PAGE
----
Salmon populations are highly endangered, and in an attempt to restore these populations, habitat restoration projects have become abundant. The Stoney Creek Environment Committee established one such project to enhance salmon spawning conditions at Stoney Creek in Burnaby, BC, by building three weirs. In this report, the streambed composition of the three weirs is analyzed in relation to salmon spawning conditions for the five species of Salmonidea present in Stoney Creek. The result is a number of spawning viability maps ranking spawning conditions in sections of the weirs for each species. Weir 1 contained the smallest amount of undesirable spawning conditions, mainly because the streambed composition was dominated by cobble. Weir 3 contained the most suitable spawning conditions, with smaller gravel sizes and lower sedimentation levels. We provide rationale to explain which factors may have led to the conditions observed. This is followed by a discussion of our method’s uncertainties and restrictions as well as suggestions for future research and management.

Document type: 
Report
File(s): 

Stream Velocity: How it can Affect Riparian Vegetation in the Stoney Creek AreaStream Velocity: How it can Affect Riparian Vegetation in the Stoney Creek Area

Peer reviewed: 
No, item is not peer reviewed.
Date created: 
2013-04
Abstract: 

Riparian vegetation is not often the first consideration for improvement when installing a weir into a stream or river. It is less likely to be taken into consideration in comparison to the in stream habitat. As the weirs often times change the stream velocity, this study was created to observe how this change in velocity can affect riparian vegetation in the surrounding Stoney Creek area where weirs were put in to assist salmon spawning. The study was not conducted to illustrate the direct impacts of the weir implementation, but rather the stream velocity on its own. The hypothesis for the procedure was that the differences in stream velocity would correlate to plant biodiversity on land. Due to previous similar research being done in different nonalike areas, it could not be argued whether higher or lower stream velocities would show higher or lower diversity throughout the stream. Random plots along the stream were made in order to observe differences in soil pH, stream velocity beside the plot, and the v riety of plants within the plot. To test soil pH and stream velocity, pH and velocity metres were used. The plants within the plot were identified using a plant identification book, and counted manually. The results showed that there were not many patterns that could be related to differences in stream velocity. Some of the patterns that did occur were the abundance of certain plants in certain areas. The diversities within the plots were also seen to be much higher than the diversity of the overall area. At deeper and slower water levels, the diversities and species richness were the highest. This research allows the effect of human remediations to be analysed. With further research, the full effect of velocity on riparian vegetation as a result of the input of weirs in a stream can be observed.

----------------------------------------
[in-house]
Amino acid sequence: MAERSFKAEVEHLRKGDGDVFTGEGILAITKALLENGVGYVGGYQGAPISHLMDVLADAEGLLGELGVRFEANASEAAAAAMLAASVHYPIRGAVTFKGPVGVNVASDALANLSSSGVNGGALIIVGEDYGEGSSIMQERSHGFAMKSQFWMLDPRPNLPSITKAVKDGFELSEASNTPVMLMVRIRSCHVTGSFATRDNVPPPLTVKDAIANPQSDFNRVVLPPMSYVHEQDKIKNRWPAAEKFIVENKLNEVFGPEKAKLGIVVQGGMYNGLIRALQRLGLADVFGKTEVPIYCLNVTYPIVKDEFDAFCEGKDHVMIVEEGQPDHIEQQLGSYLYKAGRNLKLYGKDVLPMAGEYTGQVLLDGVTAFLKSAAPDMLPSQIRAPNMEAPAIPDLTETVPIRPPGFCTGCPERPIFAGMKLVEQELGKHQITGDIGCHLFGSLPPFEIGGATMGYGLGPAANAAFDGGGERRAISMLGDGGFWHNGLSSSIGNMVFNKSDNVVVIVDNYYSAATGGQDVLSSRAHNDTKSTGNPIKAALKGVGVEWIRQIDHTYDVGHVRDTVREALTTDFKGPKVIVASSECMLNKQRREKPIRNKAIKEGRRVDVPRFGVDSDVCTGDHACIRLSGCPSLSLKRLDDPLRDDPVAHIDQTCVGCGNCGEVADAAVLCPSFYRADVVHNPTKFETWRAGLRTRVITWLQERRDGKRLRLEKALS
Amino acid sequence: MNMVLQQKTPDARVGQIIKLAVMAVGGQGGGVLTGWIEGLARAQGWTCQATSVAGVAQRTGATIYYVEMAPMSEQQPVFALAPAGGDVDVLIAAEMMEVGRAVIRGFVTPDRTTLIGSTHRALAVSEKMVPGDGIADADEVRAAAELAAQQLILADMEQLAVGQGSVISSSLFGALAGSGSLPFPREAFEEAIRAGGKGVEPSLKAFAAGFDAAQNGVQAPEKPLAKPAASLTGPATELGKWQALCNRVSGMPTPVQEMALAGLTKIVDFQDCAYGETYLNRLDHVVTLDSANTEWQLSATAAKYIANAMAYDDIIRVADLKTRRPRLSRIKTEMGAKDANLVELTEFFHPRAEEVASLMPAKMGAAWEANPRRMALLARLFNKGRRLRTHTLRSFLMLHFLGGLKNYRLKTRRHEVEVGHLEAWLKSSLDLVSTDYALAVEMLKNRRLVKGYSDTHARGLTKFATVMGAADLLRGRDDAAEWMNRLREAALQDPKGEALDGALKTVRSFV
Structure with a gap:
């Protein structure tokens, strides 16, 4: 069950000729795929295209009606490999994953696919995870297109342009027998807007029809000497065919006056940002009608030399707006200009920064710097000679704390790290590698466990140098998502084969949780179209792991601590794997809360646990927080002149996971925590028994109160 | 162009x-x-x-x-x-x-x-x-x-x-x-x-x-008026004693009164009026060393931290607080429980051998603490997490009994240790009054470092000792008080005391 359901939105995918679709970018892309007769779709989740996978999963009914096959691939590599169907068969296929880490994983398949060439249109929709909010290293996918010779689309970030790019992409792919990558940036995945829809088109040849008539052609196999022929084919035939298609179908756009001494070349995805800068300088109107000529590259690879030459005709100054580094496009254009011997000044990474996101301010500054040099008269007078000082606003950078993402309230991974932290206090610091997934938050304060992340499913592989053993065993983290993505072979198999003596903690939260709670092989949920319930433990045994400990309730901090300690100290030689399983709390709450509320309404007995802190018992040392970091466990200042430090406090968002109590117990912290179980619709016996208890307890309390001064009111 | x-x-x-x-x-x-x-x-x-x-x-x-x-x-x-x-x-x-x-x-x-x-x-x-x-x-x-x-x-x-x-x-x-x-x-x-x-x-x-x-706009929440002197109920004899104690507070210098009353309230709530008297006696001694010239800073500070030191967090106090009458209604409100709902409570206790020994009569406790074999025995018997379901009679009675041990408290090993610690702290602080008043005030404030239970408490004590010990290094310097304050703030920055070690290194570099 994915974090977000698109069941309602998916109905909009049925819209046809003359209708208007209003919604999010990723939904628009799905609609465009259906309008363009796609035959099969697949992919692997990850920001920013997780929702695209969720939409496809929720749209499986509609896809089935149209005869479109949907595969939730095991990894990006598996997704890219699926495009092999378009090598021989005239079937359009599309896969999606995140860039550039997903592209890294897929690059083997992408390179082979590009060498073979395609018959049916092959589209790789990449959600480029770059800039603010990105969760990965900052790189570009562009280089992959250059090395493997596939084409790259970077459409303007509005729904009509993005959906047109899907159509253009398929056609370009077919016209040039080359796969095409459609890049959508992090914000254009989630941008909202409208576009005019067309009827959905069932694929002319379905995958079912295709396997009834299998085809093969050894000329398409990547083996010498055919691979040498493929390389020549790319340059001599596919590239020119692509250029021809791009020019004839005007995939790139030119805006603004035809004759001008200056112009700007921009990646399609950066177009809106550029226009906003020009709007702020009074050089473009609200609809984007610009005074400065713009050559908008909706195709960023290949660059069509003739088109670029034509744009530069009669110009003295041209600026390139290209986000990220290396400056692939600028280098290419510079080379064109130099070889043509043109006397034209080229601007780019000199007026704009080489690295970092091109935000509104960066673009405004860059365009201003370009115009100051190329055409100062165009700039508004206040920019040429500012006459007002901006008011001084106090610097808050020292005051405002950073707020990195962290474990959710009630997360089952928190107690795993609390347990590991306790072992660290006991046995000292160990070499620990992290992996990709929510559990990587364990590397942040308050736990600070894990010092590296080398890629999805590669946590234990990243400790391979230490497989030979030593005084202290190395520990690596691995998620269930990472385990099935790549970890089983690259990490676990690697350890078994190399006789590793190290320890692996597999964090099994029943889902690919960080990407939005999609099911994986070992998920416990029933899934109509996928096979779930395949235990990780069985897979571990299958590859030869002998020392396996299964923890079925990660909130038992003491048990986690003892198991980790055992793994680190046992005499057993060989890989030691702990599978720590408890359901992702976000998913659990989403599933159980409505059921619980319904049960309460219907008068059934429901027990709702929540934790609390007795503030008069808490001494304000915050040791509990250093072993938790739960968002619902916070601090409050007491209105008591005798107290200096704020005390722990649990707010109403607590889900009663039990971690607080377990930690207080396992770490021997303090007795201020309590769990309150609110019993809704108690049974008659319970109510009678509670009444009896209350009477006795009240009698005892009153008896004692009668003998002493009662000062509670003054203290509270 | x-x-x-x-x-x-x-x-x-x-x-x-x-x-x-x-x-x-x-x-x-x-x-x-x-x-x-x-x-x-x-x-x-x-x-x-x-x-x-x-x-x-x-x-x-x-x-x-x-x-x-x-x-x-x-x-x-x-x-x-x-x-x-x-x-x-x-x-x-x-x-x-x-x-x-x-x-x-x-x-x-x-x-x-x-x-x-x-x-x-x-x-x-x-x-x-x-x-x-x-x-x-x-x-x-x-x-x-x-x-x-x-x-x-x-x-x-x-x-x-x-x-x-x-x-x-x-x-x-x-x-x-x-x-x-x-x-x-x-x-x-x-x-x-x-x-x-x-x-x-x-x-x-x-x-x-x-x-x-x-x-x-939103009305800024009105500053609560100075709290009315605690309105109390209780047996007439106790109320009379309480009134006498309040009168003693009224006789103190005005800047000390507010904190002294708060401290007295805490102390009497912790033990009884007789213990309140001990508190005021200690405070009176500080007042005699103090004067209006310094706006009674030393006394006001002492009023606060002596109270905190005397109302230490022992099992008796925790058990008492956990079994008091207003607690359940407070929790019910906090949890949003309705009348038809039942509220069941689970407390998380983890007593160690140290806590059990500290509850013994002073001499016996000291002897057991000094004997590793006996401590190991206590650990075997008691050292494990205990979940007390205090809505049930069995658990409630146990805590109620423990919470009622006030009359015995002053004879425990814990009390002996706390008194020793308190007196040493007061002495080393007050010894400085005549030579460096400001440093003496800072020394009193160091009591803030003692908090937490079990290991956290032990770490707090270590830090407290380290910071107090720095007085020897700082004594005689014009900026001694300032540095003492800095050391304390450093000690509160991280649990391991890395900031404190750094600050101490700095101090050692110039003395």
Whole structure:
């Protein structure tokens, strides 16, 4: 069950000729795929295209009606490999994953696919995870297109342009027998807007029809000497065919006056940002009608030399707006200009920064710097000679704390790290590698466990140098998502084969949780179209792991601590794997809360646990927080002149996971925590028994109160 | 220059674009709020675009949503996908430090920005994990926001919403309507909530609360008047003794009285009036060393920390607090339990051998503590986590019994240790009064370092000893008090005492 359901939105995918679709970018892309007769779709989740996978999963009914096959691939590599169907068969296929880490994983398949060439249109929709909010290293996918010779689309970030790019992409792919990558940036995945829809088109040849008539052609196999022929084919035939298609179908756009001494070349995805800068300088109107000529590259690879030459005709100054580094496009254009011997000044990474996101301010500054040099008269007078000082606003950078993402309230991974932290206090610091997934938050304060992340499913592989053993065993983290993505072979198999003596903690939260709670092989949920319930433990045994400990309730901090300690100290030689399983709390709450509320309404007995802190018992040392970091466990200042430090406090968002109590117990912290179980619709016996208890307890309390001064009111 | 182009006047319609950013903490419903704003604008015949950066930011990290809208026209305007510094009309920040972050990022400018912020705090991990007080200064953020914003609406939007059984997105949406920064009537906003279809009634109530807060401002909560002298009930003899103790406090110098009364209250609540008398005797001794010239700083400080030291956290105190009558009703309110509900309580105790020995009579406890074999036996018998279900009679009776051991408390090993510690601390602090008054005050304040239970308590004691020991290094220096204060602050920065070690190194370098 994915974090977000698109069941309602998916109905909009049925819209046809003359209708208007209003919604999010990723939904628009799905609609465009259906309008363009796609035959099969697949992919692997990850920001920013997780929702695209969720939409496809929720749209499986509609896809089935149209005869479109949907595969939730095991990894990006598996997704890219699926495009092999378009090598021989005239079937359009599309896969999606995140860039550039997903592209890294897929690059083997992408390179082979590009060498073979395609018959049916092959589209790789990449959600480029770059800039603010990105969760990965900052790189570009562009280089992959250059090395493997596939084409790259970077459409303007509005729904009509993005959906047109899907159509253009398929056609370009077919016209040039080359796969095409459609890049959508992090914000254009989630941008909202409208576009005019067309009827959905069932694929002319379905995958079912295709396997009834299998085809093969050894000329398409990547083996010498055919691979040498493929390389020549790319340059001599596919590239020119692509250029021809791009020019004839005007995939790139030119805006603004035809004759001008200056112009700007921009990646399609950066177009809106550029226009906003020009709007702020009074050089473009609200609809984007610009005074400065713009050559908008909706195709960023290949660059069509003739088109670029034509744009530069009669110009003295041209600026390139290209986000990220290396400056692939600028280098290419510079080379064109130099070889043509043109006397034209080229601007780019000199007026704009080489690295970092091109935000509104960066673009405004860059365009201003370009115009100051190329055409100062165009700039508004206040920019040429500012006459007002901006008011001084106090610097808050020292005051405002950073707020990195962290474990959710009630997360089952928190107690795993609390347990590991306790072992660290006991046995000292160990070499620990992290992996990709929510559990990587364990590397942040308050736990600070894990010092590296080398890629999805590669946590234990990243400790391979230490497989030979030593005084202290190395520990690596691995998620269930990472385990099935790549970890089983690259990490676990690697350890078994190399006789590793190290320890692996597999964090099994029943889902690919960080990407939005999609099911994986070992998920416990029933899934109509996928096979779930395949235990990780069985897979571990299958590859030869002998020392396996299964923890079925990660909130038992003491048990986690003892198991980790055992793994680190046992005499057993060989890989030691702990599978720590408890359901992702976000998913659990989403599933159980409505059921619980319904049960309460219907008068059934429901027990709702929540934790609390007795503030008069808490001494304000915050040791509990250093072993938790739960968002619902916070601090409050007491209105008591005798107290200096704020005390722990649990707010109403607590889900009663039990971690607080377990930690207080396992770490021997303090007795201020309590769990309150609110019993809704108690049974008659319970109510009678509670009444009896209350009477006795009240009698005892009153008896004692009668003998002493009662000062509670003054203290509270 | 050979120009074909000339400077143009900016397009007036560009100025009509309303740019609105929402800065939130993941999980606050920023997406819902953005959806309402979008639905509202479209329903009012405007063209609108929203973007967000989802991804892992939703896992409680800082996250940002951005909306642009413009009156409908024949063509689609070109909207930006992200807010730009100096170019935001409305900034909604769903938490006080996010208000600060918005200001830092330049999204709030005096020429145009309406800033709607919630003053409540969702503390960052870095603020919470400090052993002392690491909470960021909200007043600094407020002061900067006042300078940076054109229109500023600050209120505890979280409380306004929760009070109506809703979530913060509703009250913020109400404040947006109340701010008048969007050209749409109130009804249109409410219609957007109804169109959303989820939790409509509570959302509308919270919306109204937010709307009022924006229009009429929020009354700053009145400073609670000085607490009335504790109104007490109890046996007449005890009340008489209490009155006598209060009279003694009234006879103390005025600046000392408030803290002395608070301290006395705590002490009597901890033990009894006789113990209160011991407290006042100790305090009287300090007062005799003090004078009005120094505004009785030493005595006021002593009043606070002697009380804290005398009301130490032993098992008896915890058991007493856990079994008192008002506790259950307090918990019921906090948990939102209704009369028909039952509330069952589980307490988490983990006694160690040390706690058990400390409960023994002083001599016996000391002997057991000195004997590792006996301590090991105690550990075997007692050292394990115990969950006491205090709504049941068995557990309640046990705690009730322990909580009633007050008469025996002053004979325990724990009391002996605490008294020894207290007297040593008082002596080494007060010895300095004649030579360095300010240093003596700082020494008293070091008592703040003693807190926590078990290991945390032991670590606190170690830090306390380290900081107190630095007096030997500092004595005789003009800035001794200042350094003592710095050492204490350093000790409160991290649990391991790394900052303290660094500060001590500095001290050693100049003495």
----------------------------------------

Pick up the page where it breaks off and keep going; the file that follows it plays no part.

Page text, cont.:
Document type: 
Report
File(s): 

Stoney Creek Ecological Restoration Post-Project Appraisal: Soil Quality Survey

Peer reviewed: 
No, item is not peer reviewed.
Date created: 
2013-04
Abstract: 

The state of the soil in the riparian area around an urban stream, Stoney Creek, in Burnaby, British Columbia was investigated. This site had recently been disturbed by a salmon habitat restoration project. Our study aimed to provide a first set of data for post-project soil quality assessments in this region. Four soil pits were excavated and various soil samples were collected. These samples were transported to the Soil Science Lab at Simon Fraser University for laboratory analysis, where soil texture, bulk density, acidity, water content and erodibility were assessed. Although no root growth limiting bulk density and pH levels were found, the results indicated that soil compaction had some effect on bulk density, acidity and water content. This set of soil data is limited in its comprehensiveness and therefore future soil quality monitoring projects are recommended.

Document type: 
Report
File(s): 

River Morphology and GIS – An Analysis on the Usage of Geographic Information System Techniques in Post Project Appraisals for Stoney Creek, Burnaby British Columbia

Peer reviewed: 
No, item is not peer reviewed.
Date created: 
2013-04
Abstract: